Obsession is the single most wasteful human activity, because with an obsession you keep coming back and back and back to the same question and never get an answer.

~ Norman Mailer
Although not the original poster, it captures the essence of the film perfectly.
The movie is ranked 52nd in the IMDb top 250 list.
This is how I was introduced to Christopher Nolan. The Dark Knight –> Inception –> Memento –> Batman Begins –> The Prestige –> Insomnia –> The Dark Knight Rises and I am yet to watch “Following”
The film is an adaptation of Christopher Priest‘s 1995 World Fantasy Award-winning novel of the same name. For a film based on two (?) young magicians, it accommodates more than enough mystery. Right from the cold start of the film there are attempts made to distract you, mislead you and eventually surprise you. Just like a magic trick.
In our worlds we had Tesla and Edison. (Read more about Tesla.) Both men in their own ways managed to “shock” the world. The rivalry of Robert Angier and Alfred Borden does not fail to make us think whether the characters are based on the lives of these two inventors. Of course the plot is completely different but the fight of ideologies is somewhat more than similar.
It is all about obsession. We are often taught that we need to devote our lives to a purpose. But sometimes, a purpose so strong can simply take over the soul of living. One must find the right balance. And here lies the dilemma. Give it too little and it slips away from you. Give it too much and it makes you its servant. There is nothing wrong in either of the ideologies actually. It is all a matter of perspective.
I have written about this earlier that how the bad guys of the film can make you hoot for them. All the characters in the film have something that one can hate them for. Honestly speaking when I started watching the movie I was on Robert Angier’s side. Maybe towards the middle I was forced to switch sides. That is the power of grey characters. The white knights are boring. Grey characters don’t have to be morally right every time. Because right and wrong is the matter of perspective.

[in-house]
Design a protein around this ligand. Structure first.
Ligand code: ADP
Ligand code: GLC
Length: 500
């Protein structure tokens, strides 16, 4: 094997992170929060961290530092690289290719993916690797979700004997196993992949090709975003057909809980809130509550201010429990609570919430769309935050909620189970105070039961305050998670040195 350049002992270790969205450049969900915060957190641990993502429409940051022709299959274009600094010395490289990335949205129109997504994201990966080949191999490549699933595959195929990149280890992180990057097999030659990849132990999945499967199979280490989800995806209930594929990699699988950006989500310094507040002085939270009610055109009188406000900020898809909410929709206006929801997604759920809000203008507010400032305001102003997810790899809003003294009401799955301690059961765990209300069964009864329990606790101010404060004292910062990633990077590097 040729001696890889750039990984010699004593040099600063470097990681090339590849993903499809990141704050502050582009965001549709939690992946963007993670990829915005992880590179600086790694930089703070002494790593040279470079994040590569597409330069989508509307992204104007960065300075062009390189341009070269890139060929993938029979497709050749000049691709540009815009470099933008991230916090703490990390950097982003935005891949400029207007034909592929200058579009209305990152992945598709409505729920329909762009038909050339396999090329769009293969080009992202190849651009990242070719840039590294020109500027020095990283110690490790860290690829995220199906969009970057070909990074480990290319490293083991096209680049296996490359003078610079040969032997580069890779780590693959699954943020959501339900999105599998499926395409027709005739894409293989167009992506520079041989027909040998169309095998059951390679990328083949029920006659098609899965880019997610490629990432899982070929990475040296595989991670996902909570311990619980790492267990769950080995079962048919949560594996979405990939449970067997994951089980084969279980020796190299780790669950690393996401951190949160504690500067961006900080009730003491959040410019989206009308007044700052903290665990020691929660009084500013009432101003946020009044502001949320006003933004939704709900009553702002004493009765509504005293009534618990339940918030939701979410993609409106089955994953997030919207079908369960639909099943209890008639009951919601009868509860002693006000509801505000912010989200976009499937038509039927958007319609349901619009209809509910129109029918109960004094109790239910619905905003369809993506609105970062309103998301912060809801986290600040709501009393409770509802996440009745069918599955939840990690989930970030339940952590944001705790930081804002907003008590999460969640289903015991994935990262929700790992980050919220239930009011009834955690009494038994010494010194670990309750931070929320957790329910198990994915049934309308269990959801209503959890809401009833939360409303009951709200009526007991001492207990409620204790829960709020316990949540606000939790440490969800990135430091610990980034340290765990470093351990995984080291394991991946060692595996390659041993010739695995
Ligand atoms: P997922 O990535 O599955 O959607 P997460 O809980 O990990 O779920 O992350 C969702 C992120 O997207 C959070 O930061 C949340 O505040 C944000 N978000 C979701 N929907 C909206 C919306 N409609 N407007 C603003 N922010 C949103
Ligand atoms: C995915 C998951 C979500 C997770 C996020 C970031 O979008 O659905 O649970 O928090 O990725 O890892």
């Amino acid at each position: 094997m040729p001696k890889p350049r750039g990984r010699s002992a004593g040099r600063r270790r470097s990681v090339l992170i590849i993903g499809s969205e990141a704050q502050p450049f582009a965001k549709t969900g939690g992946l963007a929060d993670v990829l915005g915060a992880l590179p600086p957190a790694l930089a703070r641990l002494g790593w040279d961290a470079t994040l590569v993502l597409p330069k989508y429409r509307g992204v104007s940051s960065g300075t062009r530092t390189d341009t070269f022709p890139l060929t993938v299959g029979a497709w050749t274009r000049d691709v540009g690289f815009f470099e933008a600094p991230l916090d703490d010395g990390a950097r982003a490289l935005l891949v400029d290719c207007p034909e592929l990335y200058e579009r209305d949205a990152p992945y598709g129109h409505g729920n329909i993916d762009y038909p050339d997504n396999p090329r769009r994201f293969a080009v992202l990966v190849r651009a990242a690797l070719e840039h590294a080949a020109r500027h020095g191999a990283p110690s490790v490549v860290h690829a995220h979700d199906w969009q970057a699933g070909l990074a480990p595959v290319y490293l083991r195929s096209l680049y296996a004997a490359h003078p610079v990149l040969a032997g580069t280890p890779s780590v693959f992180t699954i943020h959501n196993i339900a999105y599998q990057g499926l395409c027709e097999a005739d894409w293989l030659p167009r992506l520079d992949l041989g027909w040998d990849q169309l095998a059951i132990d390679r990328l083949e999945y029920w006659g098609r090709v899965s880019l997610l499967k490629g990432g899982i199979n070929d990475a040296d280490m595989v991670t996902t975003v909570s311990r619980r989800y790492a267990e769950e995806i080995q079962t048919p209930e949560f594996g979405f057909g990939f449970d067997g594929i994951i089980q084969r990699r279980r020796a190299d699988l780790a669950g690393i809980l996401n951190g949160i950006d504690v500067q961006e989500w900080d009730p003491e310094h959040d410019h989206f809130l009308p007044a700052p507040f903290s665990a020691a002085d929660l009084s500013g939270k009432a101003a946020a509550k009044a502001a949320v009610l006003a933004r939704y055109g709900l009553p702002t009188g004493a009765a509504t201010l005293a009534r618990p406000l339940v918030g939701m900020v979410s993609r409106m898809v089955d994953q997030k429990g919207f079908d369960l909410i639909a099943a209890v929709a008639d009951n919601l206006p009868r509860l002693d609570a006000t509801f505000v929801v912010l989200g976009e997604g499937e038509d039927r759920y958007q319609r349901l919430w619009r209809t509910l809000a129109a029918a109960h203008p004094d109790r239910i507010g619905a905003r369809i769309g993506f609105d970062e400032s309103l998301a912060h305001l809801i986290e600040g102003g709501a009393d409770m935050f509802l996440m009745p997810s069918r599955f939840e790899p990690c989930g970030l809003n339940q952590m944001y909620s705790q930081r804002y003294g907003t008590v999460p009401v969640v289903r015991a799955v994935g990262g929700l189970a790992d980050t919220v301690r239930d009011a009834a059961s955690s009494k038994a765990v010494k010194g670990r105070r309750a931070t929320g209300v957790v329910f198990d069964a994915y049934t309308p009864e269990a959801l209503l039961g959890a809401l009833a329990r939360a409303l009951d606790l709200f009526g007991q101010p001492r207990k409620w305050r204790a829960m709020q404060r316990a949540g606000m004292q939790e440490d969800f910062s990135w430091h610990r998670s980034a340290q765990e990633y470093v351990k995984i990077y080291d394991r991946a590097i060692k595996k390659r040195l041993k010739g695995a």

The secret impresses no one. The trick you use it for is everything. Isn’t this the bottom line of every art form? Let’s talk of film making. We see the end result in theaters. No matter what, every film is at least a little different from what the makers thought it would be. There are so many factors involved in film making that even the flutter of a butterfly can cause a tornado. When we see a film we see the result of many decisions taken at the end moment. Many mistakes turned out as blessings on the edit table. And the secret behind it simply kills the magic. That’s why you don’t really want to work it out. You want to be fooled.

#5 Robert Zemeckis – Cast Away

“I’m not sure this is a world I belong in anymore. I’m not sure that I want to wake up.”

~ Gayle Forman, If I Stay

 

I’ve always wanted to write about this one. A major reason being that I admire being alone on an island, literally and figuratively as well. I am the one who enjoys company of a few. I find it difficult to share my private space with others. To be very frank, just like the protagonist in the film, Chuck Noland (Tom Hanks) I am a workaholic, self indulgent man of many follies. I confess. Rather than explaining more about the plot of the film, I would like to make this blog post about what I take back from the film. And of course some interesting trivia!